“Jeroen Bosch – Het Tafelblad te Madrid (2)” (P. Gerlach O.F.M. Cap.) 1978
[in: Brabantia, 27 (1978), nr. 2, pp. 65-73]
[Reprinted in Gerlach 1988: 133-141]
[Also mentioned in Gibson 1983: 118 (E262)]
Gerlach agrees with Van Puyvelde: Bosch can be understood without all the scholarly pedantry he is approached with today. He then offers an iconographical analysis of the Eye of Christ and of the representations of Ira and Superbia. Gerlach thinks it is far-fetched to see the rays of the Eye as an allusion to Christ as a Sun (Tolnay) and he calls the suggestion of Benesch and Gibson that the tondo (with the seven deadly sins) in the centre of the panel is a mirror presented to the viewer irrelevant. In the Ira segment the man dressed in brown could be a monk. Gerlach continuously refers to affinities between what Bosch painted and late medieval iconography and (devotional) literature. The meaning of the Tabletop as a whole is: Christ who is showing His wounds and thus begs His Father, Whose All-seeing Eye observes the sins of mankind, for mercy. However, God the Father has not been represented and the Eyes of Christ are a well-known late medieval topos (compare De Bruyn 1991: 12-13).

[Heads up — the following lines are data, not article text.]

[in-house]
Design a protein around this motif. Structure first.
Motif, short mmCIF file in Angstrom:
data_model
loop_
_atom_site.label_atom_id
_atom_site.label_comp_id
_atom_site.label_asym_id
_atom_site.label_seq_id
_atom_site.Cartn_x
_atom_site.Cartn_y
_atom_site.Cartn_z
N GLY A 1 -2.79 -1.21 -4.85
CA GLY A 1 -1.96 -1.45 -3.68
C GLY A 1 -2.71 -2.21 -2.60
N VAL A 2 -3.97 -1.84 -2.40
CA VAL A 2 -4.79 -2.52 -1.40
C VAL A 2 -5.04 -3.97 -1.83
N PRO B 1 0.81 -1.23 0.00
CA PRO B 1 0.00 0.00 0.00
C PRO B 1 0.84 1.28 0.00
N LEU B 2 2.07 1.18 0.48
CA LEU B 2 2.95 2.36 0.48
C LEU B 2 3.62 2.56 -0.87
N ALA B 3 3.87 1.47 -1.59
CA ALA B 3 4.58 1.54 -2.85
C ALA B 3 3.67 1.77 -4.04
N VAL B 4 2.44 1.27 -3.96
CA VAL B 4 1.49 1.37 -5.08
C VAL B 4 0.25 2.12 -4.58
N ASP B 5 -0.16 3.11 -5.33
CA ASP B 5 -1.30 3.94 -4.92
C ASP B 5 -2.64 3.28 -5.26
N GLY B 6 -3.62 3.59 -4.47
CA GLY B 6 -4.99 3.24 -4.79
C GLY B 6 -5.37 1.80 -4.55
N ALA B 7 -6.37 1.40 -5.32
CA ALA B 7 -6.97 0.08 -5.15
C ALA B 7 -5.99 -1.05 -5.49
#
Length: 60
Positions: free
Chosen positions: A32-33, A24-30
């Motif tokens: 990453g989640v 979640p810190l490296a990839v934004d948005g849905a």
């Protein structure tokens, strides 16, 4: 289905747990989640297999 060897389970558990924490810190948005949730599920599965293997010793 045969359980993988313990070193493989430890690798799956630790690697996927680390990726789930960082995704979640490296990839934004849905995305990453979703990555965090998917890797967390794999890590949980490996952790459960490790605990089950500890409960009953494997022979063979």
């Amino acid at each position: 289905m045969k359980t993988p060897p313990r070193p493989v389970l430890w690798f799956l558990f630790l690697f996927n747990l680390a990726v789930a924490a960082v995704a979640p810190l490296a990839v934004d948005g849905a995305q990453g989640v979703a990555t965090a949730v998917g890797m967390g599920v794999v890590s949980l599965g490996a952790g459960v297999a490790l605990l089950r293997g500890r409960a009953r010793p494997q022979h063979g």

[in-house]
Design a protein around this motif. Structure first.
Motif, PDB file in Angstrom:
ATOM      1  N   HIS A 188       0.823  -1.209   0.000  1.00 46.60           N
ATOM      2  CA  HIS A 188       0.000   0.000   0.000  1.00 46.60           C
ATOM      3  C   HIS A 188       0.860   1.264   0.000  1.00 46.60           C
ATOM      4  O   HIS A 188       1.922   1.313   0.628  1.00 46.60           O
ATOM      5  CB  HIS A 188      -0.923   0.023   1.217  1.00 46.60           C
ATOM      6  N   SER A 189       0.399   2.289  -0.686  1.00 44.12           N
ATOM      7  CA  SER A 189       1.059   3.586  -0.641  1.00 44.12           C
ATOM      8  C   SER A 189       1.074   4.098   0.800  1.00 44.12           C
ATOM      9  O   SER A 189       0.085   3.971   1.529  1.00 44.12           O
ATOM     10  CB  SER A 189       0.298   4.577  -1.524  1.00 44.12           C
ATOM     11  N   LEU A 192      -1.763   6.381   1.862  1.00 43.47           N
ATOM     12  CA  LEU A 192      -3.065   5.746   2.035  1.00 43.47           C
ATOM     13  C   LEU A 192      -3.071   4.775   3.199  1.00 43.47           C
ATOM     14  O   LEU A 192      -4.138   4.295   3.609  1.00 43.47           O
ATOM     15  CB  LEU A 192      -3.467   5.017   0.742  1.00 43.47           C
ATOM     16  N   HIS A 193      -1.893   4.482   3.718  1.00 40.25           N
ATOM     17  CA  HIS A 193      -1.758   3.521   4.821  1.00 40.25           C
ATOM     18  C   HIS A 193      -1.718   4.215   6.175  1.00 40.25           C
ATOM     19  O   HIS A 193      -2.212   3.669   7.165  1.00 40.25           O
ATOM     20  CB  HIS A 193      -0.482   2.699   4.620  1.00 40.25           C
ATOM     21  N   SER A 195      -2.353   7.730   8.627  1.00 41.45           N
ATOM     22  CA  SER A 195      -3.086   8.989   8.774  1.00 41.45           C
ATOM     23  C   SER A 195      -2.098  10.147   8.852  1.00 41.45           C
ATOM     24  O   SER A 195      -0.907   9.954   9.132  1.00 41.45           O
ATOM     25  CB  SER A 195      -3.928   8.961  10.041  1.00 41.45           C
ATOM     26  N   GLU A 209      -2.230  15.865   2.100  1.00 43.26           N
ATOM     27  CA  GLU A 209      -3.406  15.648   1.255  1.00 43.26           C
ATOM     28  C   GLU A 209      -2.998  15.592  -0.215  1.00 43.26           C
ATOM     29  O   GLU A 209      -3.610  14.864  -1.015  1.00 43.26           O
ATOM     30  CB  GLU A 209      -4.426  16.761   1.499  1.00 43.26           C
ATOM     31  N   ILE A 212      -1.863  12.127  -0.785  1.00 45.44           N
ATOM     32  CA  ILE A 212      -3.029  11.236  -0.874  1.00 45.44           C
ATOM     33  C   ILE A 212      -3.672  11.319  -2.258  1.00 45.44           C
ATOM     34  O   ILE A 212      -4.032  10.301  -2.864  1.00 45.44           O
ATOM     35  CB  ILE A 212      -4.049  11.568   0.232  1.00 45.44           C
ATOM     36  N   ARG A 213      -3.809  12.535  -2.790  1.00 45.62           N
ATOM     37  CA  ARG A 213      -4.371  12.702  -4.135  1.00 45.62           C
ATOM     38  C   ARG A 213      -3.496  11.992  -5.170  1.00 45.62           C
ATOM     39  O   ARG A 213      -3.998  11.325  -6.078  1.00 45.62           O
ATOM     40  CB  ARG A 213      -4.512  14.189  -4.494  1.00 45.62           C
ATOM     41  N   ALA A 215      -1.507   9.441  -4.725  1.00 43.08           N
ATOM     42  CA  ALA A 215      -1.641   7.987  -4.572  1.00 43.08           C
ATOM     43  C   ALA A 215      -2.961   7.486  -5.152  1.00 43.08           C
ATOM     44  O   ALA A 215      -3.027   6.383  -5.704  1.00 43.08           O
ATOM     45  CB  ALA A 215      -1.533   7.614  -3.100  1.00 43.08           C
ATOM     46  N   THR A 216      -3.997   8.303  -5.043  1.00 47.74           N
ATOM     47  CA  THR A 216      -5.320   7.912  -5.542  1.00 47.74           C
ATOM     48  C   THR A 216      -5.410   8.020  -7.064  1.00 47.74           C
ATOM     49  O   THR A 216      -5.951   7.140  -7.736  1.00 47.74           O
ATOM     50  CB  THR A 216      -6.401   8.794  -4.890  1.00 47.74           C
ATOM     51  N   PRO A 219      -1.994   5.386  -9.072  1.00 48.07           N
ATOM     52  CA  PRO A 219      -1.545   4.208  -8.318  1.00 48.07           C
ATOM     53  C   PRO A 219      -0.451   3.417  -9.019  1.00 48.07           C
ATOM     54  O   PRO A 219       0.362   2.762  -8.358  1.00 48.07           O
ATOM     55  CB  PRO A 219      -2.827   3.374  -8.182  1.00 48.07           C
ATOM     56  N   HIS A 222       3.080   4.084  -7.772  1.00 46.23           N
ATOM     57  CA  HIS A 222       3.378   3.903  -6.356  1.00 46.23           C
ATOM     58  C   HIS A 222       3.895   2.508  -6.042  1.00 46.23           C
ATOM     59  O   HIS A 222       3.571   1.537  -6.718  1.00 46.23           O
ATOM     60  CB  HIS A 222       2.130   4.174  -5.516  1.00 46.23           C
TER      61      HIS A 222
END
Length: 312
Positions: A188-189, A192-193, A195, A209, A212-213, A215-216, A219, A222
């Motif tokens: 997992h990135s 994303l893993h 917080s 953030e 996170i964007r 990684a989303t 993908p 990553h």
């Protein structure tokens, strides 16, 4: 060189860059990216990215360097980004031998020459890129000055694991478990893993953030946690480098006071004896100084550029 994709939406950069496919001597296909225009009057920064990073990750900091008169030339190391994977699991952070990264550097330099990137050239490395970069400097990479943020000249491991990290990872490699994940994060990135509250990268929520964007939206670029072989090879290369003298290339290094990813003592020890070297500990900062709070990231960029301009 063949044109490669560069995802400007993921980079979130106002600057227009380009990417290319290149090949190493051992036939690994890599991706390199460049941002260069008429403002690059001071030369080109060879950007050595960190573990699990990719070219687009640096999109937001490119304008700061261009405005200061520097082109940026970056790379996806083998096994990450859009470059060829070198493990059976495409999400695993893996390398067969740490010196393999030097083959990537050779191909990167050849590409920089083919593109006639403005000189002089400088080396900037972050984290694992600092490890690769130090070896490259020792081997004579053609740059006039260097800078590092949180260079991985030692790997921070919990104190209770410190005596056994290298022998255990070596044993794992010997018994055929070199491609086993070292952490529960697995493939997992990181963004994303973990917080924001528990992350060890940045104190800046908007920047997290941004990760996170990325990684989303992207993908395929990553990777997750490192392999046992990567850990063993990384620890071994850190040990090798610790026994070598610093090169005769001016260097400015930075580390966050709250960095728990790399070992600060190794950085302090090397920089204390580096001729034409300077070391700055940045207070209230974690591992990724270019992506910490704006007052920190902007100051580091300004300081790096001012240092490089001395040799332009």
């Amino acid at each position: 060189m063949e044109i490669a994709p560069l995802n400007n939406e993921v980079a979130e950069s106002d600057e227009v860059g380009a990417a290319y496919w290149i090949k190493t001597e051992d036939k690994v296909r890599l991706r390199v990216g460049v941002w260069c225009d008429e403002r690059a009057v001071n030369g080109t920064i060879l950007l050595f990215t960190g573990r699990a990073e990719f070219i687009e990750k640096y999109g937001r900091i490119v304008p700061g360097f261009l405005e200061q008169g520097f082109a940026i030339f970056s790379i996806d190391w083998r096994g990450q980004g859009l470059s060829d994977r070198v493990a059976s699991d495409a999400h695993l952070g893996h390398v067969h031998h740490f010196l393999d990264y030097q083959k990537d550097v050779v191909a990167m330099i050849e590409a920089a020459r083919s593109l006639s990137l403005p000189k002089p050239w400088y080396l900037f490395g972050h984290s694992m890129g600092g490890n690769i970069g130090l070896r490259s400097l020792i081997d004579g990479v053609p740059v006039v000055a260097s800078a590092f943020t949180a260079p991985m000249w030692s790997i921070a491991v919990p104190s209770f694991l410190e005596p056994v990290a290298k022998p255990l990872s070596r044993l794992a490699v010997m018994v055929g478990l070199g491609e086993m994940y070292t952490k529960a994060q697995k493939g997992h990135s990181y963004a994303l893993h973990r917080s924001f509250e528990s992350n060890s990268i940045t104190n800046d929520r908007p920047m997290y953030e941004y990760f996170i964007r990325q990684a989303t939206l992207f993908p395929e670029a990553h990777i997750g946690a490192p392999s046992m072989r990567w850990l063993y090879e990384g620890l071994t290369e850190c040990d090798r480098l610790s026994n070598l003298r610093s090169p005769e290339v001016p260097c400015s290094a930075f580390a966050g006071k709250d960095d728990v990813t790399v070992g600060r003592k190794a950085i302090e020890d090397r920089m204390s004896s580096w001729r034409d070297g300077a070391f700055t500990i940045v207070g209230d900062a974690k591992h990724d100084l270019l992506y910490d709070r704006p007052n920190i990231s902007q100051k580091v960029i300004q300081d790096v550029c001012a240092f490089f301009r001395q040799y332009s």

[explicit 21st March 2016]